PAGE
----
Travel for rail enthusiasts

Nearly from the dawn of railways, there have been people fascinated with the technology of trains, their design and the engineering feats that made rail travel possible in difficult terrain. Today many people travel far and wide to see or ride specific trains and lines or to visit museums.

. . . Travel for rail enthusiasts . . .

Since their inception, railways have been about more than just transporting goods and people from A to B. The puffing of the earliest steam locomotives captivated the cities and towns wherever it arrived and today the sheer power of freight trains, the elegance and streamlined sleekness of modern high speed rail or the modern marvels of engineering that are train stations, bridges, tunnels or marshaling yards are a sight to behold and a reason for tourism all in itself. You don’t have be an enthusiast listing numbers and dates of train sightings in a book to appreciate the beauty and fascination that is rail travel and everything associated with it.

Station buildings can be impressive landmarks that are appreciated by architecture buffs as well as railway enthusiasts. They often represent the styles and tastes of their time of origin – spanning over one and a half centuries and include “bourgeois cathedrals” of the late 19th and early 20th century as well as hyper-modern “glass palaces” of the renaissance of rail travel (and railways) since the beginning of the 21st century. One of the most striking examples of the latter is perhaps Berlin52.5254913.369131 Hauptbahnhof, which was built for the 2006 soccer World Cup. Unfortunately, stations built in the period from the start of World War II to the end of the 20th century tend to be rather dull affairs, perhaps symbolising the prevailing mindset of the period that rail travel was antiquated, and private car ownership and air travel was the way forward.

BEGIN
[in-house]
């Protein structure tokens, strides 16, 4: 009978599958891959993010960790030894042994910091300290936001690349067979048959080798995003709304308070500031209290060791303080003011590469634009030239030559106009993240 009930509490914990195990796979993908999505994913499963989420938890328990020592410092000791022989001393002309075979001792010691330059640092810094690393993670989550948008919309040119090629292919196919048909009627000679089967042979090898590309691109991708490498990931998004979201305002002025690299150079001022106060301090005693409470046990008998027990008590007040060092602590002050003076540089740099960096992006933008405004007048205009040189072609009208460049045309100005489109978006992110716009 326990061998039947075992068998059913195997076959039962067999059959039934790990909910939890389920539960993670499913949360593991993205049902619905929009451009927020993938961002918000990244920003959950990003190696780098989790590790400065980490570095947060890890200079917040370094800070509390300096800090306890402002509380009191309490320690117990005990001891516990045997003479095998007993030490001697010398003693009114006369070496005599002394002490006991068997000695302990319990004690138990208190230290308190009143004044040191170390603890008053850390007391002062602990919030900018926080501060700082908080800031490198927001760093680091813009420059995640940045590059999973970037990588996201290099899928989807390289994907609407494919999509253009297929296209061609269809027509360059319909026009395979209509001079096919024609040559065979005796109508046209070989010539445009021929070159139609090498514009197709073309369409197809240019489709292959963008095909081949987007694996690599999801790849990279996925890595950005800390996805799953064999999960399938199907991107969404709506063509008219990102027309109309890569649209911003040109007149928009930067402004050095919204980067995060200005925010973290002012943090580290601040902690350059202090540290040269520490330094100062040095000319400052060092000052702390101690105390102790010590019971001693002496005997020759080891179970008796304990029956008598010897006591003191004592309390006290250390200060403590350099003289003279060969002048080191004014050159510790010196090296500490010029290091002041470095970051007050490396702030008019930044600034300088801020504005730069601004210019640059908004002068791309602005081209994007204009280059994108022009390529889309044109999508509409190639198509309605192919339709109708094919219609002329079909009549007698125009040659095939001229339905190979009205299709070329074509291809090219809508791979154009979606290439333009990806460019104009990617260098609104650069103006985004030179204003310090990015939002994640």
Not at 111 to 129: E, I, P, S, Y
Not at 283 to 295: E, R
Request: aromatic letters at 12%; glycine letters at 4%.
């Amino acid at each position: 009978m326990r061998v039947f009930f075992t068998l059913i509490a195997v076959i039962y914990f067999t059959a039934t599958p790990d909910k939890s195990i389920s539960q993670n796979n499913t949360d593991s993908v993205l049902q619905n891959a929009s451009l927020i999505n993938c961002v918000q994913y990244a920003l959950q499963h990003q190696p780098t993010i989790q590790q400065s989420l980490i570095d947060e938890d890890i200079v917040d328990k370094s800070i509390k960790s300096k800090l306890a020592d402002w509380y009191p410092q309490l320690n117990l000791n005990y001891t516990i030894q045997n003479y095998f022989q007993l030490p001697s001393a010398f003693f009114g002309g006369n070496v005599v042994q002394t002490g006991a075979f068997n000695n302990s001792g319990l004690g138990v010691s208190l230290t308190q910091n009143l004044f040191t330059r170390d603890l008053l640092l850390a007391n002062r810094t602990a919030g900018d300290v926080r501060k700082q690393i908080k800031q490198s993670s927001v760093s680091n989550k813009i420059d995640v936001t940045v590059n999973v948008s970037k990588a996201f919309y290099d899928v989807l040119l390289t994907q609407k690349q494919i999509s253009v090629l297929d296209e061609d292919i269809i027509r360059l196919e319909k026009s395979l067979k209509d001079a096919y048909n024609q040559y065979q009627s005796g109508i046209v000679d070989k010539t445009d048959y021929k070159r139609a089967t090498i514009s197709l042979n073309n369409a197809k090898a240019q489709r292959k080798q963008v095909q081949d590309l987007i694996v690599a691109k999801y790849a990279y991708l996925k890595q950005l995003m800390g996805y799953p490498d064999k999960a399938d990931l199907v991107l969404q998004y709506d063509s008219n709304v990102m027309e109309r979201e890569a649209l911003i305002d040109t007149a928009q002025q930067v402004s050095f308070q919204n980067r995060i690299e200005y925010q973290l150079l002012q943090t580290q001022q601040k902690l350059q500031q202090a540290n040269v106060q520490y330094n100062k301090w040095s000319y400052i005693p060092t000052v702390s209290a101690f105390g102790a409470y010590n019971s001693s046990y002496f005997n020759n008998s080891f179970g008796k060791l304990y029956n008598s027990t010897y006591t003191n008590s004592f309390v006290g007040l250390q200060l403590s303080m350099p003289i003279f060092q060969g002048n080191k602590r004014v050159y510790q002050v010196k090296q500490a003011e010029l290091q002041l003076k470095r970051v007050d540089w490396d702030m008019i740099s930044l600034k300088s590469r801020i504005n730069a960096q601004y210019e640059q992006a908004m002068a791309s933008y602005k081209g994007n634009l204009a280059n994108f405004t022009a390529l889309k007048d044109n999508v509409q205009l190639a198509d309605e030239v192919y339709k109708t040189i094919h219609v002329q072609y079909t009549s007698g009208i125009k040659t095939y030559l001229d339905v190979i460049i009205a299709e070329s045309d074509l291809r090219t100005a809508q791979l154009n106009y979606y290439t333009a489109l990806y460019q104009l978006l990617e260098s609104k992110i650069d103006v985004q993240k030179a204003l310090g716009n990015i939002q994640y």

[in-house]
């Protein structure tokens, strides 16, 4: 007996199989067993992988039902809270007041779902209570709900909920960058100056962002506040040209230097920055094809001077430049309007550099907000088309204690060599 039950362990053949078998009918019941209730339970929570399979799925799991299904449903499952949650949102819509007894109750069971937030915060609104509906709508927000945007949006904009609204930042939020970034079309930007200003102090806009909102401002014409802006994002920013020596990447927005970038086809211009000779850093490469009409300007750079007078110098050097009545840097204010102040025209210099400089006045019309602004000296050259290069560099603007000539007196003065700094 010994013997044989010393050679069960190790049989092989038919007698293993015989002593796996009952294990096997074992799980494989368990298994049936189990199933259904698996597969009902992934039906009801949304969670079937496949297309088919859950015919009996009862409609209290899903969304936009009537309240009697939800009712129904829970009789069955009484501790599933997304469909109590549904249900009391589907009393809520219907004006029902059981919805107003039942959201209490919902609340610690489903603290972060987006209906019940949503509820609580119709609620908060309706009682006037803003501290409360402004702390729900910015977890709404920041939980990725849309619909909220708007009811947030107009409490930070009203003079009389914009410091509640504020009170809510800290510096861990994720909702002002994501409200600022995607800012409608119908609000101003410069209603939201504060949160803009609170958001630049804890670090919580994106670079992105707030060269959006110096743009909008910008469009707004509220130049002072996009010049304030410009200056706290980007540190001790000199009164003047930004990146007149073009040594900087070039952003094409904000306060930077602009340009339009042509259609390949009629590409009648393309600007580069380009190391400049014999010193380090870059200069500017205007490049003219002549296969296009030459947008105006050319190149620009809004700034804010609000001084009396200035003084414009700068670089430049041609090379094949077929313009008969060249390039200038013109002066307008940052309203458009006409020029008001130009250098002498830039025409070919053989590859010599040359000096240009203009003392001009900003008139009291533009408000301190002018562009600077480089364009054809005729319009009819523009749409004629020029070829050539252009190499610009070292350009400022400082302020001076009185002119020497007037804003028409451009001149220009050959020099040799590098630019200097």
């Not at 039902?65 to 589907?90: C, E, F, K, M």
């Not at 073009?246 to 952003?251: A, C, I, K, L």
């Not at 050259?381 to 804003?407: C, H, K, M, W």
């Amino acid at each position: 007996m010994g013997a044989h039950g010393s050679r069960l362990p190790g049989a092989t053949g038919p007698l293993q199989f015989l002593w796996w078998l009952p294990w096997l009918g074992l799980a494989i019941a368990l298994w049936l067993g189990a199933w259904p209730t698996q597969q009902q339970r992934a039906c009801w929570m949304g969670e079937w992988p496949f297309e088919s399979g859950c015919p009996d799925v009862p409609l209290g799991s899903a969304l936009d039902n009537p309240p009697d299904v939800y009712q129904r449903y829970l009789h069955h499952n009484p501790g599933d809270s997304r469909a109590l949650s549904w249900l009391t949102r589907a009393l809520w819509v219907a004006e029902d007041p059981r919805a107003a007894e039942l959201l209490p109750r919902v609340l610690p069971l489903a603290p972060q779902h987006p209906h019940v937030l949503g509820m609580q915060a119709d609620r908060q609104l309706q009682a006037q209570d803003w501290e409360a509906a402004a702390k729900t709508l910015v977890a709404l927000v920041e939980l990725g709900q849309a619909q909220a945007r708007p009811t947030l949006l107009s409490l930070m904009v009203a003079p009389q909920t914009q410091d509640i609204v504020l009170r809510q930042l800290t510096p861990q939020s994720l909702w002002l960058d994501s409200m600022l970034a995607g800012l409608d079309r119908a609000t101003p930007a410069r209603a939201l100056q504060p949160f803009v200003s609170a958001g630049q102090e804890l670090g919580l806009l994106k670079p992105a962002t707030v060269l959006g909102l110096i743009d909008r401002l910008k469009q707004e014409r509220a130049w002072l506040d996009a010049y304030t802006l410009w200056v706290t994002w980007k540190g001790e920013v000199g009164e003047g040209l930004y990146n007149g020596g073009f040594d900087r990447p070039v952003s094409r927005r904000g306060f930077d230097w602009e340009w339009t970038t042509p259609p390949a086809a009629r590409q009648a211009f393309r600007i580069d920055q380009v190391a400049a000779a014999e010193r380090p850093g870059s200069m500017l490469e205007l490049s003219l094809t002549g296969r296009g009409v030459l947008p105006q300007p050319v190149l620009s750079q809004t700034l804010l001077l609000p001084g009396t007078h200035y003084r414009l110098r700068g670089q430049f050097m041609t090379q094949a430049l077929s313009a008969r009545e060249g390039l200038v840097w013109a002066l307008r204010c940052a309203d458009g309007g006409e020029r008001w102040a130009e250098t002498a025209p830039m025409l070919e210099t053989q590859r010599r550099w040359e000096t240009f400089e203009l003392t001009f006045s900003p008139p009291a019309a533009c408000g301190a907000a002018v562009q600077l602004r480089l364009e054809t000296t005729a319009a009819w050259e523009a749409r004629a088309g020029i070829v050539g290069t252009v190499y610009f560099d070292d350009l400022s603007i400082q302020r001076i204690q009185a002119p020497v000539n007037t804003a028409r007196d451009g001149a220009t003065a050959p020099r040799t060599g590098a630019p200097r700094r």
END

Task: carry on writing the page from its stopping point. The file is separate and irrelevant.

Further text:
Longest name for a rail station, Llanfairpwllgwyngyllgogerychwyrndrobwyllllantysiliogogogoch, Wales
  • 41.15-100.831 Bailey Yard, North Platte, Nebraska. The world’s largest freight railway yard. The 41.144-100.8291 Golden Spike Tower offers a panoramic view over the goings-on. (updated Apr 2016)
  • 53.40472210.0563891 Maschen Marshalling Yard (Rangierbahnhof Maschen), Maschen, Lower Saxony south of Hamburg. Maschen, which also hosts the Maschen Autobahn junction (A7, A1 and A39) is the biggest freight rail hub in Europe. Built in the 1970s, it serves the traffic from the North Sea ports to the industrial centers of Europe as well as freight throughout Europe. Its size is only surpassed globally by the Bailey Yard mentioned above. (updated Apr 2016)
  • 35.200833-118.5369441 Tehachapi Loop, Kern County. A marvel of late 19th-century engineering, this loop allows heavy freight trains to climb the steep grade by crossing over itself. This loop is very busy with freight to this day and has been a favorite for railfans for decades. (updated Nov 2016)

. . . Travel for rail enthusiasts . . .

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. . . Travel for rail enthusiasts . . .